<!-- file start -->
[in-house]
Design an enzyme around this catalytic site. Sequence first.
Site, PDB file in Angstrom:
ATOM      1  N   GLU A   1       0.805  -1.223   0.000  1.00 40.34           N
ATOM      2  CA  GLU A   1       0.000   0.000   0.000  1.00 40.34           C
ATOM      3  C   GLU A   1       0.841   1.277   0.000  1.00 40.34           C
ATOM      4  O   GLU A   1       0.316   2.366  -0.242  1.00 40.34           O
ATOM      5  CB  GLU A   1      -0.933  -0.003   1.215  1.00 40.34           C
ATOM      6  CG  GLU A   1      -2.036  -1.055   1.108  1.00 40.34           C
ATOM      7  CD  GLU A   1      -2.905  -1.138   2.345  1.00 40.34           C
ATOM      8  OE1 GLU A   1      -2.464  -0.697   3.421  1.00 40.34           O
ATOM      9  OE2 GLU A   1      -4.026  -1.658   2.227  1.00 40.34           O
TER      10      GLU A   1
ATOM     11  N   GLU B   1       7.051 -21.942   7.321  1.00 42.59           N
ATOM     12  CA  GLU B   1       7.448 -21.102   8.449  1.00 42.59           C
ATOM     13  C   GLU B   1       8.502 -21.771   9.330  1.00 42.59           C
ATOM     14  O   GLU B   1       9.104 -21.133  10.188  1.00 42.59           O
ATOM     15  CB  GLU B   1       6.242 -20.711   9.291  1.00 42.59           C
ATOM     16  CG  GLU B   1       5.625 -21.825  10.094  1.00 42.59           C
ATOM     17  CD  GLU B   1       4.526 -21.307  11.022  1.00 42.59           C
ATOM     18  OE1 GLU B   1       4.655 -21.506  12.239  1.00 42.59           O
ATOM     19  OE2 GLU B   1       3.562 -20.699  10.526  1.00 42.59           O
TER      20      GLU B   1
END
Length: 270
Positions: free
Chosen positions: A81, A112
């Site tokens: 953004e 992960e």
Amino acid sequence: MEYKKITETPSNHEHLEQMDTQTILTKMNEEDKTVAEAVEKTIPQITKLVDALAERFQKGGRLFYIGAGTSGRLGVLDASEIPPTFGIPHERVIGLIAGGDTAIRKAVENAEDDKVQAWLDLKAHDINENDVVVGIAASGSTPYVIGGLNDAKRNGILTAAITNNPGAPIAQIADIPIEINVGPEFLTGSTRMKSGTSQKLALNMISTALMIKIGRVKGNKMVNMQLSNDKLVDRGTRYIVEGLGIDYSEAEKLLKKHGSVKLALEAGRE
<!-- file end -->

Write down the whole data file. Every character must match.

[in-house]
Design an enzyme around this catalytic site. Sequence first.
Site, PDB file in Angstrom:
ATOM      1  N   GLU A   1       0.805  -1.223   0.000  1.00 40.34           N
ATOM      2  CA  GLU A   1       0.000   0.000   0.000  1.00 40.34           C
ATOM      3  C   GLU A   1       0.841   1.277   0.000  1.00 40.34           C
ATOM      4  O   GLU A   1       0.316   2.366  -0.242  1.00 40.34           O
ATOM      5  CB  GLU A   1      -0.933  -0.003   1.215  1.00 40.34           C
ATOM      6  CG  GLU A   1      -2.036  -1.055   1.108  1.00 40.34           C
ATOM      7  CD  GLU A   1      -2.905  -1.138   2.345  1.00 40.34           C
ATOM      8  OE1 GLU A   1      -2.464  -0.697   3.421  1.00 40.34           O
ATOM      9  OE2 GLU A   1      -4.026  -1.658   2.227  1.00 40.34           O
TER      10      GLU A   1
ATOM     11  N   GLU B   1       7.051 -21.942   7.321  1.00 42.59           N
ATOM     12  CA  GLU B   1       7.448 -21.102   8.449  1.00 42.59           C
ATOM     13  C   GLU B   1       8.502 -21.771   9.330  1.00 42.59           C
ATOM     14  O   GLU B   1       9.104 -21.133  10.188  1.00 42.59           O
ATOM     15  CB  GLU B   1       6.242 -20.711   9.291  1.00 42.59           C
ATOM     16  CG  GLU B   1       5.625 -21.825  10.094  1.00 42.59           C
ATOM     17  CD  GLU B   1       4.526 -21.307  11.022  1.00 42.59           C
ATOM     18  OE1 GLU B   1       4.655 -21.506  12.239  1.00 42.59           O
ATOM     19  OE2 GLU B   1       3.562 -20.699  10.526  1.00 42.59           O
TER      20      GLU B   1
END
Length: 270
Positions: free
Chosen positions: A81, A112
């Site tokens: 953004e 992960e």
Amino acid sequence: MEYKKITETPSNHEHLEQMDTQTILTKMNEEDKTVAEAVEKTIPQITKLVDALAERFQKGGRLFYIGAGTSGRLGVLDASEIPPTFGIPHERVIGLIAGGDTAIRKAVENAEDDKVQAWLDLKAHDINENDVVVGIAASGSTPYVIGGLNDAKRNGILTAAITNNPGAPIAQIADIPIEINVGPEFLTGSTRMKSGTSQKLALNMISTALMIKIGRVKGNKMVNMQLSNDKLVDRGTRYIVEGLGIDYSEAEKLLKKHGSVKLALEAGRE